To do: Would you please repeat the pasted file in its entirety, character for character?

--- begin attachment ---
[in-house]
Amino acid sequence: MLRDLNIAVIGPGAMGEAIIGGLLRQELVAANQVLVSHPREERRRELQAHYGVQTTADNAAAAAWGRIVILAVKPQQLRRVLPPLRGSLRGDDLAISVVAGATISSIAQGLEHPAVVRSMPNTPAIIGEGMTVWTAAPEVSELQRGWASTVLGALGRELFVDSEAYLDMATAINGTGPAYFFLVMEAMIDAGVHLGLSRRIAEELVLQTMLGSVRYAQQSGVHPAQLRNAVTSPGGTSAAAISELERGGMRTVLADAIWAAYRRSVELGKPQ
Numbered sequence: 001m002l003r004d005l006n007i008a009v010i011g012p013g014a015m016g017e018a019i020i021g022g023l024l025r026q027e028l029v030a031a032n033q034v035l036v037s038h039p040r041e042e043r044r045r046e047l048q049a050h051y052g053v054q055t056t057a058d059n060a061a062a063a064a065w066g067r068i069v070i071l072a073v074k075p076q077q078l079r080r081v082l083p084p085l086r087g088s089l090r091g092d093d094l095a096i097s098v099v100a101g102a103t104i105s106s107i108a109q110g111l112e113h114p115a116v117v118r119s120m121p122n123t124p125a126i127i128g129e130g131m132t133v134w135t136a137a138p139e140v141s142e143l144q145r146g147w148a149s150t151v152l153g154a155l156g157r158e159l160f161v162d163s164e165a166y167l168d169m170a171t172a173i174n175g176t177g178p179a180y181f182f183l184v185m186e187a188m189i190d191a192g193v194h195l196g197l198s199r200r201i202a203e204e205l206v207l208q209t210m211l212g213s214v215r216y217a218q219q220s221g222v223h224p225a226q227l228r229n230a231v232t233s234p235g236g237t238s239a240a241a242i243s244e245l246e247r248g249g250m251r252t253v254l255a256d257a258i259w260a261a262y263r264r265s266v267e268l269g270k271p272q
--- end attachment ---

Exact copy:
[in-house]
Amino acid sequence: MLRDLNIAVIGPGAMGEAIIGGLLRQELVAANQVLVSHPREERRRELQAHYGVQTTADNAAAAAWGRIVILAVKPQQLRRVLPPLRGSLRGDDLAISVVAGATISSIAQGLEHPAVVRSMPNTPAIIGEGMTVWTAAPEVSELQRGWASTVLGALGRELFVDSEAYLDMATAINGTGPAYFFLVMEAMIDAGVHLGLSRRIAEELVLQTMLGSVRYAQQSGVHPAQLRNAVTSPGGTSAAAISELERGGMRTVLADAIWAAYRRSVELGKPQ
Numbered sequence: 001m002l003r004d005l006n007i008a009v010i011g012p013g014a015m016g017e018a019i020i021g022g023l024l025r026q027e028l029v030a031a032n033q034v035l036v037s038h039p040r041e042e043r044r045r046e047l048q049a050h051y052g053v054q055t056t057a058d059n060a061a062a063a064a065w066g067r068i069v070i071l072a073v074k075p076q077q078l079r080r081v082l083p084p085l086r087g088s089l090r091g092d093d094l095a096i097s098v099v100a101g102a103t104i105s106s107i108a109q110g111l112e113h114p115a116v117v118r119s120m121p122n123t124p125a126i127i128g129e130g131m132t133v134w135t136a137a138p139e140v141s142e143l144q145r146g147w148a149s150t151v152l153g154a155l156g157r158e159l160f161v162d163s164e165a166y167l168d169m170a171t172a173i174n175g176t177g178p179a180y181f182f183l184v185m186e187a188m189i190d191a192g193v194h195l196g197l198s199r200r201i202a203e204e205l206v207l208q209t210m211l212g213s214v215r216y217a218q219q220s221g222v223h224p225a226q227l228r229n230a231v232t233s234p235g236g237t238s239a240a241a242i243s244e245l246e247r248g249g250m251r252t253v254l255a256d257a258i259w260a261a262y263r264r265s266v267e268l269g270k271p272q